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This week, we look at neighborhood boundaries, which is when neighbors take responsibility for monitoring young people’s behavior.
As summer is at hand, this is the time for building the relationships with local youth in your neighborhood.
If your interactions are positive now, the result could be great, in the event that summer fun becomes something less fortunate.
Try and follow this train of thought when it comes to relationships with youth. The positive experiences you have are like putting money into a savings account. Those interactions build over time and then when something takes place, especially something unexpected and you have to make a withdraw. Hopefully you aren’t left with zero.
In a perfect world, your interactions with everyone would be handled the same way.
Think of how life would be if you always did your best, gave people the benefit of the doubt and called out bad behavior.
If a situation becomes more than you can handle, sometimes you might need to call in the professionals.
National Peace Officer’s week is May 11-17, with a special day on May 15 to take a moment to recognize the peace officers in our community.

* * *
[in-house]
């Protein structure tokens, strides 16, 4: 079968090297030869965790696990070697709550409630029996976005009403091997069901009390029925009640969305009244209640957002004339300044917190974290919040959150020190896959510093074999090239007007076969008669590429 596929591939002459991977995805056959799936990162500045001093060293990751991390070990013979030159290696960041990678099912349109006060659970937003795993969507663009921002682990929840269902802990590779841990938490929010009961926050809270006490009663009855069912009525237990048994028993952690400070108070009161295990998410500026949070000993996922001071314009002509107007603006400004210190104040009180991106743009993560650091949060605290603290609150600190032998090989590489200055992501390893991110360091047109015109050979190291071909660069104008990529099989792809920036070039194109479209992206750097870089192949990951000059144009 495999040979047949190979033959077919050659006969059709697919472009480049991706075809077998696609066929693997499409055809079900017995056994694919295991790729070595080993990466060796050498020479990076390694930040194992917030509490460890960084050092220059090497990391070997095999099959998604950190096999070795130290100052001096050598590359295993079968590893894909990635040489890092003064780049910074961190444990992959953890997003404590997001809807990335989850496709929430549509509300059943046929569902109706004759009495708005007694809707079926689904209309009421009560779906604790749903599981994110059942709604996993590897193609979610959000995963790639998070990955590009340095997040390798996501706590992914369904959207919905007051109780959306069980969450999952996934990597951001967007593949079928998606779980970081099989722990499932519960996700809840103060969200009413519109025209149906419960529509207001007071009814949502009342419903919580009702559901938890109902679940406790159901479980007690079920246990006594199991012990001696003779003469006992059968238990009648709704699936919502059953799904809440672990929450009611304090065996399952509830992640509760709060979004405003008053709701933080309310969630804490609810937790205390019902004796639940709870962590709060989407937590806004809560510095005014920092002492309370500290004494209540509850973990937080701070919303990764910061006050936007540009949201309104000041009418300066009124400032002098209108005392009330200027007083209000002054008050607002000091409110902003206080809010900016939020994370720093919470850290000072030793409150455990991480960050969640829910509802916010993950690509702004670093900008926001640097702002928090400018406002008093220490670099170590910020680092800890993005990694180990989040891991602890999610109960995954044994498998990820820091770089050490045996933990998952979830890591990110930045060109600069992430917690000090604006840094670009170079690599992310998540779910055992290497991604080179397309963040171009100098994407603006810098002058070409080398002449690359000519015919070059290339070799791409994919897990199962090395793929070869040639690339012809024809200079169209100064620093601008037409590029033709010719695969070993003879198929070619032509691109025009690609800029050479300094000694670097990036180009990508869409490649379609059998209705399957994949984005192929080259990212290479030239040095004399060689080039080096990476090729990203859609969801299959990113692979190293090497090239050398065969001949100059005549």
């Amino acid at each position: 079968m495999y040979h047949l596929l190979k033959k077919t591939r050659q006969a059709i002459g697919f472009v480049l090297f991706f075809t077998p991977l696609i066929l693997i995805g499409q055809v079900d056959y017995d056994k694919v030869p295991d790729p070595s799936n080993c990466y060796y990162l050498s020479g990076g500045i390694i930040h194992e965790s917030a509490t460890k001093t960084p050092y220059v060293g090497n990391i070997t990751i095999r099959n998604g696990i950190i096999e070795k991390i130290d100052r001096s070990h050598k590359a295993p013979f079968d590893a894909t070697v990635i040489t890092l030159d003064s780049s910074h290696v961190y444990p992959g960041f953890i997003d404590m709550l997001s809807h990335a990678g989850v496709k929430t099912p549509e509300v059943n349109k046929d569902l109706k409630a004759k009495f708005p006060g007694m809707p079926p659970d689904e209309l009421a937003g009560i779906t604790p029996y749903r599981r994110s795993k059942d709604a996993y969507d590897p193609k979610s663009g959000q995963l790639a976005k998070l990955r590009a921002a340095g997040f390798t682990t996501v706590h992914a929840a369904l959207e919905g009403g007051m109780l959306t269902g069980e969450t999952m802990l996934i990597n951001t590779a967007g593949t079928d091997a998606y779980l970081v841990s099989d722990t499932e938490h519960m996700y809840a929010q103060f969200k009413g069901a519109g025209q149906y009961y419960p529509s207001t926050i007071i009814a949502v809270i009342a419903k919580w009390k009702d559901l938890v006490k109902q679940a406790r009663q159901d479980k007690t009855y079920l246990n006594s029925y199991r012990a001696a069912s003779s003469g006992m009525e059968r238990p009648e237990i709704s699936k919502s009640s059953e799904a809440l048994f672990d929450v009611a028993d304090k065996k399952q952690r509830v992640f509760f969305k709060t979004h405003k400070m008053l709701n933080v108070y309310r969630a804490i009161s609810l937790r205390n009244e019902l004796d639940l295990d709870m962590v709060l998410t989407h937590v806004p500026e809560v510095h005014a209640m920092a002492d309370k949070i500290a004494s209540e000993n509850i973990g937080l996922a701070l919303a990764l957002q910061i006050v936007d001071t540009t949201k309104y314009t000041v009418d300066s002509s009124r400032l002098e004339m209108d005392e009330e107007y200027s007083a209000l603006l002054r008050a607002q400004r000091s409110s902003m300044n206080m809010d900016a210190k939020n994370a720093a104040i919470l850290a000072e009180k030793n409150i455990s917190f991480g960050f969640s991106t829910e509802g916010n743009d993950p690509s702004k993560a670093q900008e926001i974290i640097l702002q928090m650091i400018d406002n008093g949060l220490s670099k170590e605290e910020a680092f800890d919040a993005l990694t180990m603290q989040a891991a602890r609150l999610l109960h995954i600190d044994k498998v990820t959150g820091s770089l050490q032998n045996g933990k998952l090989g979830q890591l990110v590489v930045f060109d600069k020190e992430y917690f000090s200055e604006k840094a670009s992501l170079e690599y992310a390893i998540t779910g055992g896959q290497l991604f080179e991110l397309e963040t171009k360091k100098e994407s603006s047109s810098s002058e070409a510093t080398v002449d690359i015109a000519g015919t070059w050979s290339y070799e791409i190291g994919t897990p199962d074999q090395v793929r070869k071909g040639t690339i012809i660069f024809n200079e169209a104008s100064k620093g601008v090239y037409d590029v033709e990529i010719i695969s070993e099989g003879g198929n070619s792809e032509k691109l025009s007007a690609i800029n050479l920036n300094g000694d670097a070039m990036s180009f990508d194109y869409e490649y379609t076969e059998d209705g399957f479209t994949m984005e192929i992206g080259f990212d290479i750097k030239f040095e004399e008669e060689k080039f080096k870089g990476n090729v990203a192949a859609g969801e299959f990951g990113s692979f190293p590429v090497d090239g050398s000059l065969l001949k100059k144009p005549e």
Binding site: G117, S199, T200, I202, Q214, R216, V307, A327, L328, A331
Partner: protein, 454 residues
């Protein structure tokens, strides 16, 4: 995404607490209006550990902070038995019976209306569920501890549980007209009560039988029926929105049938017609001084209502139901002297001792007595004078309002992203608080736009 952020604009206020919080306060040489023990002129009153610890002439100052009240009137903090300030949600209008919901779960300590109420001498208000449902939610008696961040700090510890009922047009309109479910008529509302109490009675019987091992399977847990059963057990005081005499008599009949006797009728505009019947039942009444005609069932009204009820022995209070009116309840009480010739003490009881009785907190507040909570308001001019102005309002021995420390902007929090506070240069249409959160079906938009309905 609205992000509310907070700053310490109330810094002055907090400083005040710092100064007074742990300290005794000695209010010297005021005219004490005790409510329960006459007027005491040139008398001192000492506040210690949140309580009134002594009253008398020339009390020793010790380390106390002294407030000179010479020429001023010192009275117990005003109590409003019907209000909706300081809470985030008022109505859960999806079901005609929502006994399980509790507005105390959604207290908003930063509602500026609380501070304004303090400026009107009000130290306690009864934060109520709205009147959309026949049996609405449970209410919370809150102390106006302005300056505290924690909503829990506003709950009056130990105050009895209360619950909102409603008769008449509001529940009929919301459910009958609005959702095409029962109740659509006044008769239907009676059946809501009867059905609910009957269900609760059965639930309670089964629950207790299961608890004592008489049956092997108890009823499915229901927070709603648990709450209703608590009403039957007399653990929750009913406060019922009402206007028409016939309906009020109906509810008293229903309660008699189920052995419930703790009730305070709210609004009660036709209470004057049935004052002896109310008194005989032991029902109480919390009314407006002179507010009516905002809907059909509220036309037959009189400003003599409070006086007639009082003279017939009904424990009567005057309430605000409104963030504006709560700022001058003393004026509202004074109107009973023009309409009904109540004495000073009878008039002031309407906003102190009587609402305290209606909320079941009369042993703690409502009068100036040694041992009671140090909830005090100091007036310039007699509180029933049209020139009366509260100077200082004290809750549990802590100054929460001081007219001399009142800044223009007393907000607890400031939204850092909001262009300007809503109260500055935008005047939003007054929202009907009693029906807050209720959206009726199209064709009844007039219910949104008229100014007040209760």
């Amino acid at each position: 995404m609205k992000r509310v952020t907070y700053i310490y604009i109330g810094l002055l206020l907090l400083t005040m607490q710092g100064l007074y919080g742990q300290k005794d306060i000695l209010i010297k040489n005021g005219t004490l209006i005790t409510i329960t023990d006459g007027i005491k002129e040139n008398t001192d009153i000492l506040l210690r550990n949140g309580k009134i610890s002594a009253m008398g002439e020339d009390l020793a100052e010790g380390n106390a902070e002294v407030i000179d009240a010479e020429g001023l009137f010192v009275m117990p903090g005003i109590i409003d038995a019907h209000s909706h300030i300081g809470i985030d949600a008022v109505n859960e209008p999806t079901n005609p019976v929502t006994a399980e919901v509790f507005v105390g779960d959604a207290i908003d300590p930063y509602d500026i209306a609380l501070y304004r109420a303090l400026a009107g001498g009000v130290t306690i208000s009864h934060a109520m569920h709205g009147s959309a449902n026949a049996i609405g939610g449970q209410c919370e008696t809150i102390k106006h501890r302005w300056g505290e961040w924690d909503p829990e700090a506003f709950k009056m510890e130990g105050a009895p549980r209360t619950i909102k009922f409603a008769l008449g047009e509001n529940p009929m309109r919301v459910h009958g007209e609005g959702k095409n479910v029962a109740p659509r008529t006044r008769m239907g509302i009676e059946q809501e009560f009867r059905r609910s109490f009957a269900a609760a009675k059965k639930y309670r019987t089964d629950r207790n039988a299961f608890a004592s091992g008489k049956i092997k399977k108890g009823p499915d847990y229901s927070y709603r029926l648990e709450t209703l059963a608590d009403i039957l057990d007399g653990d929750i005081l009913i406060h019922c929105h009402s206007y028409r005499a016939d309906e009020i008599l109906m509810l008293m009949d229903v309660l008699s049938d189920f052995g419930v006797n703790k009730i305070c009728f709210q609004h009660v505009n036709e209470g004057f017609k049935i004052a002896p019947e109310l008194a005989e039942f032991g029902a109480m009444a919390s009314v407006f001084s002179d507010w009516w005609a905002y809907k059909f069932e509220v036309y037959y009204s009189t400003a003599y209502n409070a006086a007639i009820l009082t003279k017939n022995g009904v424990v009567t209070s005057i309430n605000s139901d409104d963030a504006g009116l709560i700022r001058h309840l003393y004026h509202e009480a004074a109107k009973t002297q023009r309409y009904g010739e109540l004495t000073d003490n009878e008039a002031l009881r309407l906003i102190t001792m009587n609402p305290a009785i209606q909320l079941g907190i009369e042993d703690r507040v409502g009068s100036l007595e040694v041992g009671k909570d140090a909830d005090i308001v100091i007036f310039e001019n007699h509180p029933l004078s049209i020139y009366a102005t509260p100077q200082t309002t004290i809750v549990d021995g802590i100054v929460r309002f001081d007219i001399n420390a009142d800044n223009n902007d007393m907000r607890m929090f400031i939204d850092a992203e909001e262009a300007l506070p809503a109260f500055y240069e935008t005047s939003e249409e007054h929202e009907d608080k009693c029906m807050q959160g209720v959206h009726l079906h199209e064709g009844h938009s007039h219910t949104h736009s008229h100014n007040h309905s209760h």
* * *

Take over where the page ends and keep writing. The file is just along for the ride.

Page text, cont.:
I find it ironic that we have gone from a time where you always respected the badge to one of always challenging the badge.
If I haven’t told you this before, I really enjoyed the DARE program when it was in the schools. I won’t go into all of the details about if the program, but instead focus on the relationship aspect.
In 1994, I worked as the news director for KRSN and covered a story about Officer Ken Maes of the Los Alamos Police Department.
Officer Maes could be seen as the DARE officer at the elementary level. This big burly guy surrounded by little cherubs was afforded the officer rock star status, just by being in the building.
Some elementary schools still utilize the officers to train students as crossing guards. Those students learn the rules of the road and can be seen volunteering before school and after school, to make their little corner of the world a better place.
It sounds simple, but it was the lower level interactions that built the relationship for youth to learn to respect the position years before teenagers may cross the path of another officer.
If you know one, I hope you’ll say thank you. If you don’t know one, perhaps send a note of thanks, for helping us live in a town that is pretty darn safe. It may not always be perfect, but it is our little neck of the woods.
Assets In Action is sponsored by the LACDC and the JJAB.